04:11PM, Monday 03 September 2018
Rents could rise 15% by 2023 as the supply of new rental properties dries up, according to a survey by the Royal Institution of Chartered Surveyors (RICS).
It said small scale landlords are pulling out of the market and blamed tax changes brought in last year which have made buy-to-let investments less profitable.
Government reasoning behind the tax changes was to make more houses available to homebuyers.
RICS said it was time that the government looked again at the way the private rented sector was regulated.
It said its members have seen the supply of new rental property falling consistently for two years.
Meanwhile, the majority of its members are seeing steady increases in the number of people looking to rent.
Simon Rubinsohn, RICS chief economist, said: “The impact of recent and ongoing tax changes is clearly having a material impact on the buy-to-let sector as intended.
“The risk... is that a reduced pipeline of supply will gradually feed through into higher rents in the absence of either a significant uplift in the build-to-rent programme, or government-funded social housing.”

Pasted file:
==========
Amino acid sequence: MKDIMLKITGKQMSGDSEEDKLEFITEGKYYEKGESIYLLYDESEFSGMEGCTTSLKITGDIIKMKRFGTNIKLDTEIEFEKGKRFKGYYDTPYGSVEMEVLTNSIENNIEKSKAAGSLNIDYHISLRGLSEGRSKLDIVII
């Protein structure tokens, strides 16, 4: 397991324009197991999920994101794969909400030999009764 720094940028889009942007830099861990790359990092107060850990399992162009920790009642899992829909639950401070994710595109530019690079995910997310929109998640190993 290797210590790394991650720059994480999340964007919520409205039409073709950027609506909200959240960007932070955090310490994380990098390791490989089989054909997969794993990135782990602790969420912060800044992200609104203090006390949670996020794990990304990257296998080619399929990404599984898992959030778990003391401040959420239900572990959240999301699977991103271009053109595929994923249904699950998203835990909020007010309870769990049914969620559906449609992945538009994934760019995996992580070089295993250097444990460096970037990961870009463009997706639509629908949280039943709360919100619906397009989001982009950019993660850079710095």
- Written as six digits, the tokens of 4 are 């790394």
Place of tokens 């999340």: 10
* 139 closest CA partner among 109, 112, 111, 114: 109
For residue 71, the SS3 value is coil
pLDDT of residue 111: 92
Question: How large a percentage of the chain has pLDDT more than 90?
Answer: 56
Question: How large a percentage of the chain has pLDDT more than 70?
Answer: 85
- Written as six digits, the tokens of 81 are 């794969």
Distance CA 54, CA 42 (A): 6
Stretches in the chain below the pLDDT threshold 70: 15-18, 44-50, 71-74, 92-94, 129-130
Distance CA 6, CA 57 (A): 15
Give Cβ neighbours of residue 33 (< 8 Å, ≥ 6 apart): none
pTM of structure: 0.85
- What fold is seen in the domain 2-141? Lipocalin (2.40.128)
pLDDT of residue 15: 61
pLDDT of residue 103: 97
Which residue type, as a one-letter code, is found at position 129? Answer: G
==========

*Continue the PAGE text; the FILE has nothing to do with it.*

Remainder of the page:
He said: “Ultimately, government must consider the impact of its policies, and if the wish is to move away from the private rented sector [PRS], it must provide a suitable alternative.
“If they wish to improve PRS, as we have suggested by professionalising through regulation and the PRS code, there is justification to reconsider the approach taken to tax.”
Meanwhile the Office of National Statistics (ONS) published figures last week showing that annual house price growth is at its lowest level since August 2013.
According to the figures average house prices in the UK increased by 3% in the year to June 2018 – down from 3.5% in May.
Former RICS chairman Jeremy Leaf had this to say: ” Price drops reflect a new realism in the market – if you want to sell your property, it needs to stand out and price is the obvious way of doing it.
“Nevertheless, we are seeing more interest in property coming on the market as buyers can only hold off for so long and realistic sellers are recognising the changed market conditions.
“This is an encouraging sign and hopefully will be reinforced when many of those currently on holiday return to bolster the traditionally busier autumn market.”
The candidates standing in the upcoming Thames Valley Police and Crime Commissioner election have outlined their priorities for policing in the region.